Greenpoint: With thrift stores closed, the mending begins

With local thrift stores closed, mending, patching and darning is in full swing. (Margaret Hartley)

With local thrift stores closed, mending, patching and darning is in full swing. (Margaret Hartley)

When my eldest kid took on a challenge a couple years ago not to buy any new clothes, I said I’d join in.

No big deal for me since I rarely buy new clothes, preferring to find things secondhand at thrift stores. No big deal for the kid either, having been raised on the concept of secondhand first.

I started that habit long, long ago when new clothes were out of my price range, then continued it when it seemed wasteful to cause the manufacture of new clothes when there are so many perfectly good clothes out there. Learning about sweatshop labor and the cost of shipping goods from far away, in both money and pollution, and a host of other fashion problems — from cloth that shed microplastics to the mass of clothing that end up in landfills — helped me keep the habit for life.

I know: I’m capitalism’s worst nightmare. We grow as much of our own food as we can, preserve it for winter and buy secondhand clothes, tools, household goods and vehicles. Even our pets are used. But we feel like repurposing anything that’s still useful is better than throwing it away to buy something else just because it’s new.

The coronavirus pandemic has made a lot of people rethink how they shop. Some just shifted to online shopping when stores closed down or became harder to navigate, but a lot of people cut back. Kayak and tent sales may have risen, but clothing sales dropped more than 40 percent between last March and the end of October.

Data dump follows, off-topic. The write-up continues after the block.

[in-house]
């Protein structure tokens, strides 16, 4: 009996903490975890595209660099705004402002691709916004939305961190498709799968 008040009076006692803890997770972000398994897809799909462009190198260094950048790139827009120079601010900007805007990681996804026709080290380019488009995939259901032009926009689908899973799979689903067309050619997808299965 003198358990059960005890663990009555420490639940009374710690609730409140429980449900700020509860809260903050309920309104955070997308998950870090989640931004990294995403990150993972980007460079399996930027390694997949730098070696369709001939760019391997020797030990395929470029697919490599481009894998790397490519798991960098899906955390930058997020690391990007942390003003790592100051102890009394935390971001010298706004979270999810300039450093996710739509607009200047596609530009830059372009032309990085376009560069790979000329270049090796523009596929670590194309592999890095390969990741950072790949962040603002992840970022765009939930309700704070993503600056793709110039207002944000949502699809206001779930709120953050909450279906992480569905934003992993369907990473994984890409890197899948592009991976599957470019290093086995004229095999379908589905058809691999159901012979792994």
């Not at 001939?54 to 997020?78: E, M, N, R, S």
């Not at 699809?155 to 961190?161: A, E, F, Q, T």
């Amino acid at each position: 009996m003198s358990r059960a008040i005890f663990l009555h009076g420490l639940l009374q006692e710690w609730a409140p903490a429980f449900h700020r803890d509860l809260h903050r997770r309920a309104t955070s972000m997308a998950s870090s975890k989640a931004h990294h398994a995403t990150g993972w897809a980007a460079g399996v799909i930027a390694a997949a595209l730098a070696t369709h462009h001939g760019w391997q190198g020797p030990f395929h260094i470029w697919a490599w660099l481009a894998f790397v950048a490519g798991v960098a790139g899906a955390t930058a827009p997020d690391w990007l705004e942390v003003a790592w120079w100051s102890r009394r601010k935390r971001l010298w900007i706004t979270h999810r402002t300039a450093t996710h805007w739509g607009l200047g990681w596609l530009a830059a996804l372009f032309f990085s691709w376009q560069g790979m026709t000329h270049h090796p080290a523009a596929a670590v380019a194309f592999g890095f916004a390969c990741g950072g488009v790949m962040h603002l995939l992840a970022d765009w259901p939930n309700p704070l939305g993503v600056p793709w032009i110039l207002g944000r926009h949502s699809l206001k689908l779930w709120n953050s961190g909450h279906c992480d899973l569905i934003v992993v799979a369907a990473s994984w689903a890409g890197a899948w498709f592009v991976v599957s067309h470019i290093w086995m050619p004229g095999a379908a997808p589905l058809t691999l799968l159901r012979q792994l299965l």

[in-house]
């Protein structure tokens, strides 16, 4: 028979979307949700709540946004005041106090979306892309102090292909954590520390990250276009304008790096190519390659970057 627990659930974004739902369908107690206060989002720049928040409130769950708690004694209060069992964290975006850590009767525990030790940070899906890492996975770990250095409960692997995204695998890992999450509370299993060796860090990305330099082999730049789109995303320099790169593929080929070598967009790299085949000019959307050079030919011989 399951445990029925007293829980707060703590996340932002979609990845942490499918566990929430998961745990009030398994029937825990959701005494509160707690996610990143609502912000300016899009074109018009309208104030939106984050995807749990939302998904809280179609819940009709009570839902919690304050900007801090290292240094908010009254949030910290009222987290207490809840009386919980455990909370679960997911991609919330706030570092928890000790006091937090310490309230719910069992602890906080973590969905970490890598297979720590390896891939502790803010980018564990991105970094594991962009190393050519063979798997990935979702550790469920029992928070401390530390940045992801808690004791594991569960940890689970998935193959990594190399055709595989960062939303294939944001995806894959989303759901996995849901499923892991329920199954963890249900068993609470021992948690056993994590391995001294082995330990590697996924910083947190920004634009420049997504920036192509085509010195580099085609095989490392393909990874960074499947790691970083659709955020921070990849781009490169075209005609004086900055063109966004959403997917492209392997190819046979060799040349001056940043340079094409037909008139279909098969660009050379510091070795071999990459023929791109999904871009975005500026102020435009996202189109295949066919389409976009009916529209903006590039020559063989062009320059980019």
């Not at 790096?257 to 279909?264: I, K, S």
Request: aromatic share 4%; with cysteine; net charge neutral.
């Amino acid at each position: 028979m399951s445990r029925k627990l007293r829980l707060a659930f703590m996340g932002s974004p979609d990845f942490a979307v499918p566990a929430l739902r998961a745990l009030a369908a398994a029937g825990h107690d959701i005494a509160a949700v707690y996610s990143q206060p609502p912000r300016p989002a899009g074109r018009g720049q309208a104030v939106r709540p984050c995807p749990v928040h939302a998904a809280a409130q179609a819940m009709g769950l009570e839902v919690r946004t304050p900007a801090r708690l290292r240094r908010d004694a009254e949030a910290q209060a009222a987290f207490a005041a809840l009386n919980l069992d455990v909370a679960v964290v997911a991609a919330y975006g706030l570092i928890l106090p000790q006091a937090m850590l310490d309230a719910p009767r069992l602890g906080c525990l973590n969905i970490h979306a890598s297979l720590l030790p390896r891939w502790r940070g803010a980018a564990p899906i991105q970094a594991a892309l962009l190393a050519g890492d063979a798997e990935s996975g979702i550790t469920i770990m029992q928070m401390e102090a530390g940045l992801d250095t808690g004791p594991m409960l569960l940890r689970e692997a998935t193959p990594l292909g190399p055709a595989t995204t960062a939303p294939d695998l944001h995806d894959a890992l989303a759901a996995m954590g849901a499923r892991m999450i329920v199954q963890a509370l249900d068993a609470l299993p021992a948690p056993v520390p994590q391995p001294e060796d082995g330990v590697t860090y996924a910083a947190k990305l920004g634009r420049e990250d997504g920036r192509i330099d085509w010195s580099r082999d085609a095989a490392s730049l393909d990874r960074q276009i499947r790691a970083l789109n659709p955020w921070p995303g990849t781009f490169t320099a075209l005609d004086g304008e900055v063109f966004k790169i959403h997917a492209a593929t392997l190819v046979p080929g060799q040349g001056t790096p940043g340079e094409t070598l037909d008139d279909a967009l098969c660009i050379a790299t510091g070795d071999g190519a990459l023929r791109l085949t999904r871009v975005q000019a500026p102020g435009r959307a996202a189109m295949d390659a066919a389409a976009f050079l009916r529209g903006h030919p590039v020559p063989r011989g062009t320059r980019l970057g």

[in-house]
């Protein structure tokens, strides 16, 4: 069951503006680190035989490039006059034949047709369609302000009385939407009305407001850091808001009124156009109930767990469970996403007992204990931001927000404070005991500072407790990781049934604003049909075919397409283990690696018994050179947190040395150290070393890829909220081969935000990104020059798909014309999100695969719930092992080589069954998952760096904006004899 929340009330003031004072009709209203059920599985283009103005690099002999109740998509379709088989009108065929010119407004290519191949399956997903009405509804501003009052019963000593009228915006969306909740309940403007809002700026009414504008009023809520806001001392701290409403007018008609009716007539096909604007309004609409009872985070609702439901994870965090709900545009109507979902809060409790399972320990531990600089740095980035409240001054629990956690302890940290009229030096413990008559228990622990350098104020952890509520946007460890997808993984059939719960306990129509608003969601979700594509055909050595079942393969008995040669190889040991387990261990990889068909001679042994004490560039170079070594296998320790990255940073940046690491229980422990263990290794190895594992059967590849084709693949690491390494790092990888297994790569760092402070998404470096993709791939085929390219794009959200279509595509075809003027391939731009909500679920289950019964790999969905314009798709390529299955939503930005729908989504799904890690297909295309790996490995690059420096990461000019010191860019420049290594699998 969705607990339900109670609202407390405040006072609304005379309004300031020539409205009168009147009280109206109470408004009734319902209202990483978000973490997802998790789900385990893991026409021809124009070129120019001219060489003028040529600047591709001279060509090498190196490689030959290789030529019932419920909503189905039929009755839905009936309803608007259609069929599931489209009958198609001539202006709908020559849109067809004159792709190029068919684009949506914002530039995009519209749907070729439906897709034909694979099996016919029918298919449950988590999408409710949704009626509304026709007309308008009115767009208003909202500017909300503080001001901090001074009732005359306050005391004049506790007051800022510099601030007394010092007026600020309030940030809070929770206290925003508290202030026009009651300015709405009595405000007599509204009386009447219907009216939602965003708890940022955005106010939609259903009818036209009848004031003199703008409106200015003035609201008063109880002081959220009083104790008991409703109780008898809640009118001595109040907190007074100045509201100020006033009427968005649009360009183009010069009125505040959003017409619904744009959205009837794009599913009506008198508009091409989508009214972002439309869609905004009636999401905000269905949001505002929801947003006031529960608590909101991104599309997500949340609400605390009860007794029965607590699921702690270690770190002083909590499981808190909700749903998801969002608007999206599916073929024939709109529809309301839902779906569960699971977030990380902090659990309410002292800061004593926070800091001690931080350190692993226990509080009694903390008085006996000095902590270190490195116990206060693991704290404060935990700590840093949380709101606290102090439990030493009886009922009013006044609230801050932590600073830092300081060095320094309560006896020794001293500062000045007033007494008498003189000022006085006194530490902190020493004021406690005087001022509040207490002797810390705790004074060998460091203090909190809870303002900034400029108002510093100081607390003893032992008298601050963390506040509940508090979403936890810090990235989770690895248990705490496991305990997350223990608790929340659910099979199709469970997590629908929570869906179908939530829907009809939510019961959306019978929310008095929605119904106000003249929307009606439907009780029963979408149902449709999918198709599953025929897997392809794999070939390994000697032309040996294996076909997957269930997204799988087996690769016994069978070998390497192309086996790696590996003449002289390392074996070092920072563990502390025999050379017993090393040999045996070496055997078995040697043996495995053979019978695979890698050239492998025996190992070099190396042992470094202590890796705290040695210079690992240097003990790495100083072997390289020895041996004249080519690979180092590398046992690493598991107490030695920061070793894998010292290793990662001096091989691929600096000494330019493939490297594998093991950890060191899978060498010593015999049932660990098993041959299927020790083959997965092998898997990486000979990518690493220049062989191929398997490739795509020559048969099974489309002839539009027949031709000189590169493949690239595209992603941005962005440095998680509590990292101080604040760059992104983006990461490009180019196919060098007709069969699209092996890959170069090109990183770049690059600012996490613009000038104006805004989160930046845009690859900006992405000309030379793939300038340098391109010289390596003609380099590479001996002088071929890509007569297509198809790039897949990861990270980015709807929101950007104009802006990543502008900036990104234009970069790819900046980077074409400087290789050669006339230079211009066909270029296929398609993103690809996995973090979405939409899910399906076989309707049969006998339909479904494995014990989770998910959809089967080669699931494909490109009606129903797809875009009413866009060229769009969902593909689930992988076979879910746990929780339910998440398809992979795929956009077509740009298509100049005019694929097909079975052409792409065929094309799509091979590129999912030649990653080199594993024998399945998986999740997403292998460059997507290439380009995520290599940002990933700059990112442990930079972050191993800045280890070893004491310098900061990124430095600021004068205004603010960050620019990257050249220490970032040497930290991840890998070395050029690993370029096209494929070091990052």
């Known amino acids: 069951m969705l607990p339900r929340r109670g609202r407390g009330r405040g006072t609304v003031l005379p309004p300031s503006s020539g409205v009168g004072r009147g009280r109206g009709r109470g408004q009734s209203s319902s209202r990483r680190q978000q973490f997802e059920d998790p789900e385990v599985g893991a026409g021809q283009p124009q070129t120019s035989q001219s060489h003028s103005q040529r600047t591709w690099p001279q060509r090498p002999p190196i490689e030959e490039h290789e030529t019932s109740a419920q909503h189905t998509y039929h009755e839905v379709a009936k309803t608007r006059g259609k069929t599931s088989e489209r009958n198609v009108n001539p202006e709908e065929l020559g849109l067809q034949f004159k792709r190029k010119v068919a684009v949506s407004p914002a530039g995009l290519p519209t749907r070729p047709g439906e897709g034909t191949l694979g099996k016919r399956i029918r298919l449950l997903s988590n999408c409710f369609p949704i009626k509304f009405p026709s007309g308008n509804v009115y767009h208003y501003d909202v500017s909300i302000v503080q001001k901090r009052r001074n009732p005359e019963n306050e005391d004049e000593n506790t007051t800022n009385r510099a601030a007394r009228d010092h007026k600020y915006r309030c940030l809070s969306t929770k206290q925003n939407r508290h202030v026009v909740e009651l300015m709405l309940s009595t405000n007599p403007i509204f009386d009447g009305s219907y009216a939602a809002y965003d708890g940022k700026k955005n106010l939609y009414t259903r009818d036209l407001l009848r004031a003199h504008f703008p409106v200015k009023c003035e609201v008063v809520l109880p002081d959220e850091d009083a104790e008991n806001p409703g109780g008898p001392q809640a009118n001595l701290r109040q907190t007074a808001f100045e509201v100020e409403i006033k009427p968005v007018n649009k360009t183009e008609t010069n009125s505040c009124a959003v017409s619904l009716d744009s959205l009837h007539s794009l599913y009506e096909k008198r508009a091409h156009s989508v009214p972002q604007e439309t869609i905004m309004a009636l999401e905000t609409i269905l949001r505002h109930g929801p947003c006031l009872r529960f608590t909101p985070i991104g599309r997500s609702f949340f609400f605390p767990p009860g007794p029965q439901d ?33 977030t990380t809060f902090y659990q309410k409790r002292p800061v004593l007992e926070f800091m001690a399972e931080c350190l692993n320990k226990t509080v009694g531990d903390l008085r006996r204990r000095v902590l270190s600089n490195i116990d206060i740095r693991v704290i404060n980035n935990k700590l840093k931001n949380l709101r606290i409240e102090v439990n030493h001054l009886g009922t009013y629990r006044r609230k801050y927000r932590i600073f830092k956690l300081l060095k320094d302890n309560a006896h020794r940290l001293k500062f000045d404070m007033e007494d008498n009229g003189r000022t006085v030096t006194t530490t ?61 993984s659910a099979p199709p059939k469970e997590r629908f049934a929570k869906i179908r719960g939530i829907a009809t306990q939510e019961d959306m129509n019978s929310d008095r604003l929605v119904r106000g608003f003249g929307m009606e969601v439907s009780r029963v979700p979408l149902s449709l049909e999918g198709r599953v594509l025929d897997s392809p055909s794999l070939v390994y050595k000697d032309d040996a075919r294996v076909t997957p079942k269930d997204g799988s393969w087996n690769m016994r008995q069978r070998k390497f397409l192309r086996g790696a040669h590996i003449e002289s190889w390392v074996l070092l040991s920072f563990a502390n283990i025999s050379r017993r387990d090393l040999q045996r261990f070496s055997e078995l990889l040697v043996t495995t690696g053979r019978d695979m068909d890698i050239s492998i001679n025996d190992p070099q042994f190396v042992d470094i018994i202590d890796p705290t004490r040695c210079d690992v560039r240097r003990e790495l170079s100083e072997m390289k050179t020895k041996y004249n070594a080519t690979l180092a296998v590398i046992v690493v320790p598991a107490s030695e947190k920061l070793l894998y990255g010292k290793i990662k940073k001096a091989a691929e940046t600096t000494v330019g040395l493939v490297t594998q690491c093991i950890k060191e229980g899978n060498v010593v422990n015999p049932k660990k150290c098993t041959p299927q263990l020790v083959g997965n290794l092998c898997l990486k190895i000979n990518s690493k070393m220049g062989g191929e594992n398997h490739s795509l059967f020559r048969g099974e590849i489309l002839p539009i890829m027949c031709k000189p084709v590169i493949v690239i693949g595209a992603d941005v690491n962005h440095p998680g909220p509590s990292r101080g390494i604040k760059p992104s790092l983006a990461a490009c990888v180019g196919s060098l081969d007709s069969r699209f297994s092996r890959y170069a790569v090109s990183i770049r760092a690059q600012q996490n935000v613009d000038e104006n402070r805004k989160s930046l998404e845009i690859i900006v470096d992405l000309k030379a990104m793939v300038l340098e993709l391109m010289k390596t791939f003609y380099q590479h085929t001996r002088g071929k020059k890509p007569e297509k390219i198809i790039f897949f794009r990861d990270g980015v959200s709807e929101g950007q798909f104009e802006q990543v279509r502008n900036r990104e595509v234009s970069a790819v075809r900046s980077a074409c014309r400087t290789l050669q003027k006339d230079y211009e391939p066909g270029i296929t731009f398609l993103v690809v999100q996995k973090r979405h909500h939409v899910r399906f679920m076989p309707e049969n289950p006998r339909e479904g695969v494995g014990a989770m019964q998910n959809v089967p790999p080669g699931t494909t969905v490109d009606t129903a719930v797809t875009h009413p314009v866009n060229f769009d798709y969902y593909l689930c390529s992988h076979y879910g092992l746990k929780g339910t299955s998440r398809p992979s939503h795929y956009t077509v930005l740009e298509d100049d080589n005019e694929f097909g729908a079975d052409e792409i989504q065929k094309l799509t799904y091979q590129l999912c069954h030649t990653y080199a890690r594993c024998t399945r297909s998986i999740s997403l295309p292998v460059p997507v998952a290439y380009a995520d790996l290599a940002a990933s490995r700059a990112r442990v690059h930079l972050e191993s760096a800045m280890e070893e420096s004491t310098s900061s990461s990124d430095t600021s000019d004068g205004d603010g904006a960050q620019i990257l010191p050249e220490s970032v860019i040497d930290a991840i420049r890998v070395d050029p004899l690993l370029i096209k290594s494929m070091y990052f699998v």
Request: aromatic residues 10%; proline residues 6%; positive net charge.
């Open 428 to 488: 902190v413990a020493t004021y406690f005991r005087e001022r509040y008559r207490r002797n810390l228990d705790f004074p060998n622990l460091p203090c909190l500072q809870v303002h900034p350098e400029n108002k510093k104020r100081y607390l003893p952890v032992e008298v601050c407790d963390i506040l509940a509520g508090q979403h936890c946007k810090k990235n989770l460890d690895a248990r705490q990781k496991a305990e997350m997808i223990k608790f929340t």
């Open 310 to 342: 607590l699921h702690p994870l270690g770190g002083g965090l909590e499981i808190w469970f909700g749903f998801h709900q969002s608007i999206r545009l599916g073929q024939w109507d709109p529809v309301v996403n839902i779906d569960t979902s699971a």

Part of that was the economy, and the loss of jobs and income. Maybe those who kept their jobs didn’t need new clothes when they could work from home in their PJs. Maybe people had time to sort through what they already had on hand and found they didn’t need more. I’ve been seeing more and more articles about people who decided to stop buying anything beyond food and necessities just to see how long they could get by on what they already have.

For me, with our local thrift stores closed, I went from buying myself very few clothes to none at all. At our house, with fences and goat horns and chicken wire, we are pretty hard on our clothes. And that meant I had to start mending.

I’m not big on sewing or very good at it. I mean, I can hem and patch things if I have to, and I managed to make a few face masks at the start of the pandemic, but I always poke my fingers with the needles and get blood on whatever it is I’m working on.

I prefer knitting, and I’ve finished lots of projects — mostly socks — since we stopped going anywhere, ever. Last month when I was looking for a missing skein of yarn, I found a bag of gloves and mittens I’d been meaning to mend for I don’t know how long. Darning holes in knitwork is kind of fun — it’s like a puzzle to fill in a gap and try to make it invisible. Or just go bold, with a patch in a contrasting yarn. Suddenly, my gloves and hat drawer was full again.

When a rooster my husband was holding spurred a hole in his quilted flannel shirt, I darned that too. Then I found those jeans that are perfectly good except for the one hole, and patched it. Then I noticed the dog had torn a hole in our favorite quilt. That’s going to need a patch, but I have a stash of cloth my neighbor shared with me from a clothing designer who was unloading a pile of samples.

I’m sure one would make a decent patch for that goat-horn rip in my husband’s other quilted flannel shirt, the one a friend gave him when another “got a bit tight in the shoulders.”

Maybe we’ll never buy clothes again. Or maybe, someday, our local church thrift store will open up again.

Greenpoint appears every other Sunday. Look for it next on Feb. 14. Reach Margaret Hartley at [email protected] or @Hartley_Maggie on Twitter. Opinions expressed in Greenpoint are hers and not necessarily the newspaper’s.


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